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Author Topic: bicycle mobile help!  (Read 2026 times)
M3MFZ
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Posts: 12




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« Reply #15 on: March 05, 2010, 12:58:41 PM »

WB6BYU, not as easy as i thought you would have said, but i might well give it a try one time.
Cheers
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KL7AJ
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Posts: 329


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« Reply #16 on: March 09, 2010, 09:55:58 AM »

Book racks make great platforms for bicycle mobile antennas.  If you can move the antenna a few feet back from your body, you won't detune it as much.

There should be no problem getting the SWR down to the vanishing point mounted in such a way.  Where is your antenna resonant?

eric
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M3MFZ
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Posts: 12




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« Reply #17 on: March 09, 2010, 10:28:46 AM »

Antenna for 2m. Somewhere on 2m, is all i know, sorry.

Im going to try and mount it on the rear rack on the bike. Just got to get some bolts that are the right size, then we should be away. Hopefully.

Book rack? Are you meaning the racks for the back of bikes, or some other type or rack made for books?

Cheers

Joe
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KL7AJ
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« Reply #18 on: March 09, 2010, 03:22:52 PM »

Yeah, same thing, if they're the type with the spring-loaded clamp.

Can you tell if the SWR is any higher on one end of 2 meters than the other?

eric
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M3MFZ
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« Reply #19 on: March 09, 2010, 03:25:02 PM »

No, no spring loaded clip.
Ill try the SWR again tomorrow and report back if its lower on one side then the other. I been SWRing in the middle at 145.500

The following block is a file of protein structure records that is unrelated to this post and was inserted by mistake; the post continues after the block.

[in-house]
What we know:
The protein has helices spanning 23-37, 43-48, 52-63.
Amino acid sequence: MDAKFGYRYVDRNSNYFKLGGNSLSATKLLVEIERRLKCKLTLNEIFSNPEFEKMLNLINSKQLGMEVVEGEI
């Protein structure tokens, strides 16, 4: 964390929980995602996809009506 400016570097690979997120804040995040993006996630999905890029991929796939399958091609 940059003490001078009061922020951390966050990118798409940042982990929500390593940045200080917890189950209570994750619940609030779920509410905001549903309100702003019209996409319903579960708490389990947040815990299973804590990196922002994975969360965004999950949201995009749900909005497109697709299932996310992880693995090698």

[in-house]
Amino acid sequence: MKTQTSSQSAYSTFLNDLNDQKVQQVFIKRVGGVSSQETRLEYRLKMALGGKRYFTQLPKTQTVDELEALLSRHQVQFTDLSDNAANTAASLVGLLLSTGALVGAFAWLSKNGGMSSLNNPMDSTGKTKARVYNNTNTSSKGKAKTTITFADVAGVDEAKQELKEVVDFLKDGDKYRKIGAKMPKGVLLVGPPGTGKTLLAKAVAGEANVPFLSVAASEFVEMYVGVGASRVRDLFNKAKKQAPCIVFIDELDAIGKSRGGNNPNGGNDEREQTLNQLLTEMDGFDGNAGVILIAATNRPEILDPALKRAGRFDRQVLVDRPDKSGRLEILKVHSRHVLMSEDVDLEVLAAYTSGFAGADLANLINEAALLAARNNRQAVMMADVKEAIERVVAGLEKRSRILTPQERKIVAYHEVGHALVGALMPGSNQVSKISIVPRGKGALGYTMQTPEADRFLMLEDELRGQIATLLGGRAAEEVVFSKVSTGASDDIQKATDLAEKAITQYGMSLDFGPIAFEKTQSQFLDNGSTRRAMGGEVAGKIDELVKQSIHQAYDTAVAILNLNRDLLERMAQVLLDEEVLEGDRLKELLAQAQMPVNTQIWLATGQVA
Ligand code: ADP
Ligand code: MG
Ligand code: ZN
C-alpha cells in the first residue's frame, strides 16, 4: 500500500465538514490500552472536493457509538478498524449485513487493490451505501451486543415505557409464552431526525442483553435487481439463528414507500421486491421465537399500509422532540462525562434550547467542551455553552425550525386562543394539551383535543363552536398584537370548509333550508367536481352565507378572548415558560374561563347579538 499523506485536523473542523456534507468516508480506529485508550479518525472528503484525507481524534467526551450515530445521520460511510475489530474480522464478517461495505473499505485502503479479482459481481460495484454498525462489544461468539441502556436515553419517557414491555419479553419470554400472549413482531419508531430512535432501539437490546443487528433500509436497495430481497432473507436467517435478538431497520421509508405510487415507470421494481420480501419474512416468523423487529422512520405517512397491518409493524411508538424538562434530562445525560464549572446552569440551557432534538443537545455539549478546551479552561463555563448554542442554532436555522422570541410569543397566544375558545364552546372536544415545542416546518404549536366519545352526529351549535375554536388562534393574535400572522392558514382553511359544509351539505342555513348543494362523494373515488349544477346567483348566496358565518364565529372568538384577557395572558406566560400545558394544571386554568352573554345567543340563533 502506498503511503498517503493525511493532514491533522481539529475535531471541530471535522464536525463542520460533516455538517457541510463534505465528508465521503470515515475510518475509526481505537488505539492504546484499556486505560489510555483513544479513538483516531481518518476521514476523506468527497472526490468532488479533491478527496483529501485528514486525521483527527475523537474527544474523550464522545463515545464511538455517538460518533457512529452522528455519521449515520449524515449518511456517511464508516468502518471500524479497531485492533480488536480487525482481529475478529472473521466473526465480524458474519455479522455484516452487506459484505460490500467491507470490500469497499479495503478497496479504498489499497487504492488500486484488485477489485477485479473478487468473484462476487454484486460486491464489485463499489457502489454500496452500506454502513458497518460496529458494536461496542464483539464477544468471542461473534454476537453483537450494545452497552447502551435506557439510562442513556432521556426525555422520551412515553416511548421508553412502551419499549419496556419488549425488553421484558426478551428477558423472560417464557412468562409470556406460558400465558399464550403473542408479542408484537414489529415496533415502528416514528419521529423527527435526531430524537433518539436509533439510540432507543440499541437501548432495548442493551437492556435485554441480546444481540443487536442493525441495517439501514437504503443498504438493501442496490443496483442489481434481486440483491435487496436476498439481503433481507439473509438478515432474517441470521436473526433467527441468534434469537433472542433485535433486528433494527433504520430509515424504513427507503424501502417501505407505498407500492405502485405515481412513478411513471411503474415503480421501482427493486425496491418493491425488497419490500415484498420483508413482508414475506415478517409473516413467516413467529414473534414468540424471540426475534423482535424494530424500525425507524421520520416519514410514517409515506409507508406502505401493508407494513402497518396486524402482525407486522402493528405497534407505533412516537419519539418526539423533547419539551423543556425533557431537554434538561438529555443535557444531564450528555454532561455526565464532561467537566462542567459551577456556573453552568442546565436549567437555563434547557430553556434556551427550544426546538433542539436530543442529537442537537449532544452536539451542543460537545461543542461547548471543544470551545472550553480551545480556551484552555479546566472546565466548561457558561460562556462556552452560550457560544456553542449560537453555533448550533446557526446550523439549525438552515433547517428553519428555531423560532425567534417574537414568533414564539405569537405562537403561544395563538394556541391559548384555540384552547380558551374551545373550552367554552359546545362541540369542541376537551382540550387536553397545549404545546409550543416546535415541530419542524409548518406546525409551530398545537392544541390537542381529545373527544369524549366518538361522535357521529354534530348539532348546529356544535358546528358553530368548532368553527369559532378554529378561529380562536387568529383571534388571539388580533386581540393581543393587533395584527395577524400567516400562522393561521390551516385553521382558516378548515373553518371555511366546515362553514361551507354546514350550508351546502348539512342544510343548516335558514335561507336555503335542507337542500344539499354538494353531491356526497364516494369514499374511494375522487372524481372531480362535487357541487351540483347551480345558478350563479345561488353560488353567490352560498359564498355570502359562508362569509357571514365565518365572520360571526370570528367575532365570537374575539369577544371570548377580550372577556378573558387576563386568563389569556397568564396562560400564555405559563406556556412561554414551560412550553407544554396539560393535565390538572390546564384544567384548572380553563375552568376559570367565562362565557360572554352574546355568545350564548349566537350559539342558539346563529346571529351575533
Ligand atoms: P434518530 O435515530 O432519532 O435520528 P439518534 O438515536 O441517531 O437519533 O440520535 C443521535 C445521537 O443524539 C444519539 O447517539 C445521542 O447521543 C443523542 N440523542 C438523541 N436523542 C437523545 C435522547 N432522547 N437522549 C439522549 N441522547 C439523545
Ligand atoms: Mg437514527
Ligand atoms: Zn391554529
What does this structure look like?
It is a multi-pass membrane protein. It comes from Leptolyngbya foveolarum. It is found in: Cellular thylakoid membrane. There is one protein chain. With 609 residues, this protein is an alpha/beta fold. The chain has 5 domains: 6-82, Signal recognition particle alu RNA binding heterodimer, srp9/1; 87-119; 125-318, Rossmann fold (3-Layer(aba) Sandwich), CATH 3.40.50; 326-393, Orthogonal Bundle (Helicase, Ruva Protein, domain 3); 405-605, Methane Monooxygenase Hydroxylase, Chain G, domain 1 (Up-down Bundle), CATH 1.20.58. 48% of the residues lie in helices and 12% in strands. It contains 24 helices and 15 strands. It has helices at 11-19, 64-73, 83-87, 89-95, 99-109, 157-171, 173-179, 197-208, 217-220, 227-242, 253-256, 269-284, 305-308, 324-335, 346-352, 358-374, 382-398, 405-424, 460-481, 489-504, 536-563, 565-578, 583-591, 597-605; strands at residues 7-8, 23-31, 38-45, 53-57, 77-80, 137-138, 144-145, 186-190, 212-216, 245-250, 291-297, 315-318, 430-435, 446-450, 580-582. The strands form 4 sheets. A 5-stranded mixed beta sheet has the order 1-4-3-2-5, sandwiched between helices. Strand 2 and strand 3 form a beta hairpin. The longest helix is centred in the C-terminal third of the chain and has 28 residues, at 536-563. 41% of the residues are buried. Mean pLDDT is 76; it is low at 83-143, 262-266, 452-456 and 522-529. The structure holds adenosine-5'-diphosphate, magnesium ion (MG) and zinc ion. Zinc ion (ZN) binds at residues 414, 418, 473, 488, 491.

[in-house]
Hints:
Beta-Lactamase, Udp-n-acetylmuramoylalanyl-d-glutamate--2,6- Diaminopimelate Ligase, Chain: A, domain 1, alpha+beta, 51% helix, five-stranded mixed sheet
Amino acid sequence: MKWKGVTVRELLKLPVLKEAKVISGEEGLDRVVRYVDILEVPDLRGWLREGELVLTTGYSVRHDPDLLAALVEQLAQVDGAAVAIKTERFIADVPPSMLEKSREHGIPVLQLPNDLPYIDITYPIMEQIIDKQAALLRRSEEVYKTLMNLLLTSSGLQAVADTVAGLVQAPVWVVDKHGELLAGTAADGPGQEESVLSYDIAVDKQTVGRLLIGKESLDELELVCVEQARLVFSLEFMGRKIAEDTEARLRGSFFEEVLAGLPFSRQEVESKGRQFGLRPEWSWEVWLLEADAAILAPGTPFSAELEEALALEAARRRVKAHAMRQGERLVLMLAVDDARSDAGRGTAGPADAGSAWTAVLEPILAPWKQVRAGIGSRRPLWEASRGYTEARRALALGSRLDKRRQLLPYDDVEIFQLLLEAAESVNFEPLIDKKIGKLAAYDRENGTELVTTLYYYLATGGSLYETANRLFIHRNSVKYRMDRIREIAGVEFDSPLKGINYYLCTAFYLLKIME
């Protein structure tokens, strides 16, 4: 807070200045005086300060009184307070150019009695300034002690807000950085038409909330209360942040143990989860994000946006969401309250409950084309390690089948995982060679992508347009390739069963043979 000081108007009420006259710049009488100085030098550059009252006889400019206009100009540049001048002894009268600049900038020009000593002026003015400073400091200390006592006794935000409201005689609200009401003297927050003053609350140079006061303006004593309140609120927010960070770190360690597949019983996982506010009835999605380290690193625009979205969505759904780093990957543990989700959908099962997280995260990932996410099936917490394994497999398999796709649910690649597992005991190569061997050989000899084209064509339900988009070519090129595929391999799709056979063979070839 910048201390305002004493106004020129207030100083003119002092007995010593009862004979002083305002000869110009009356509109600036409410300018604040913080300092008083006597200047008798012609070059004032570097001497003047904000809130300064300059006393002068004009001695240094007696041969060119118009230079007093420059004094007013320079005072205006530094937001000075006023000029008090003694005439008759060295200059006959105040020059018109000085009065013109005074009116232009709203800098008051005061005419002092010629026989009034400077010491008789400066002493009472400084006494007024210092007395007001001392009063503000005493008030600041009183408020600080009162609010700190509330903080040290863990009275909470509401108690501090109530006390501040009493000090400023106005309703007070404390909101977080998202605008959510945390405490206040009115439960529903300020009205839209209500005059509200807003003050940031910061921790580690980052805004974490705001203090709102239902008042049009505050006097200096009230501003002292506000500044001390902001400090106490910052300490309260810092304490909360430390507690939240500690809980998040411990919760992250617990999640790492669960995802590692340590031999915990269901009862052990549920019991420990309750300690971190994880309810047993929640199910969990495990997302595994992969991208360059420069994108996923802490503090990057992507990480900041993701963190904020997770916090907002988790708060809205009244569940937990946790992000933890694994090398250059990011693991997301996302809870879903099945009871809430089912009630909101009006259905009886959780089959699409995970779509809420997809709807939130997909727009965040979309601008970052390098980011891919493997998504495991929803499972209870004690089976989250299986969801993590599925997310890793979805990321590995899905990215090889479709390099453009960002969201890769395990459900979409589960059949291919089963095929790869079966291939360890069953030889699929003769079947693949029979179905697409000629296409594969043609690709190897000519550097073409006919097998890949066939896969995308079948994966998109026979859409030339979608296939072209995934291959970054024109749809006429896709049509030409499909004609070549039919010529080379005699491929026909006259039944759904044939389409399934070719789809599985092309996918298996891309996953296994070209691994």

Cheers

Joe
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KQ6Q
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Posts: 968




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« Reply #20 on: March 17, 2010, 08:48:56 PM »

The coax run from the HT to an antenna is going to be less than 6 feet. Don't bother measuring SWR, just see if you can hit the repeater. BUT can you hit the repeater with the HT and the standard antenna? If not, you're not likely to do it with a bike lashup.
What can work - get a bike safety flag - on a fiberglass pole, and make or buy a rollup J-Pole. They radiate well and don't need a ground plane. Tape or cable-tie the rollup j-pole to the bike flag pole. Connect to the HT and go.


Fred, KQ6Q
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WX7G
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Posts: 5948




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« Reply #21 on: March 18, 2010, 02:13:21 PM »

KQ6Q got me to thinking. An HT with a rubber duck is about 10 dB below what the bicycle antenna should do.

You might find a repeater that you hit a bit under full quieting on the handheld and rubber duck at high power. Now connect the HT to the bicycle antenna and switch to low power. If it still hits the repeater with about the same signal strength things are working well.
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KC7JXF
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« Reply #22 on: April 11, 2010, 05:56:39 PM »

I am a professional bicycle mechanic, and set up a bike/mobile rig to provide support/participation communications during the local century ride last year.

My road bike has a 60cm lugged steel frame, with carbon front forks. I mounted a plate of 1/4" aluminum, about 4" wide, above the rear tire. The plate is supported by fender stays at the rear, and curves up and tapers towards the seat tube. The plate mounts to an aluminum clamp on the seat tube.

I drilled and tapped a hole for a 2" UHF coupler (The coupler has the same threading as the oversized pedal taps we use at the bike shop to repair stripped cranks). You may wish to use a NMO connector instead.

I mounted my radio on the handlebars, with a remote PTT switch under the shifter/brake hood. I ran a piece of mini-8 coax to the UHF coupler, and a mini TRS jack up to the seat, to connect a headset.

I used a car antenna on the aluminum plate, a Comet fold-over (it doesn't fold anymore, broke too many times) designed for a mag-mount. Worked like a charm, full quieting into the local 2M repeaters.

Let me know if this helps, I can probably get together a picture of my setup if it would help. Let me know.

KC7JXF
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N8EKT
Member

Posts: 371




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« Reply #23 on: April 11, 2010, 06:40:15 PM »

You need a 1/2 wave antenna.

The 32 inch long Larsen 270bk works well with very little under it.

And so will any 1/2 wave design
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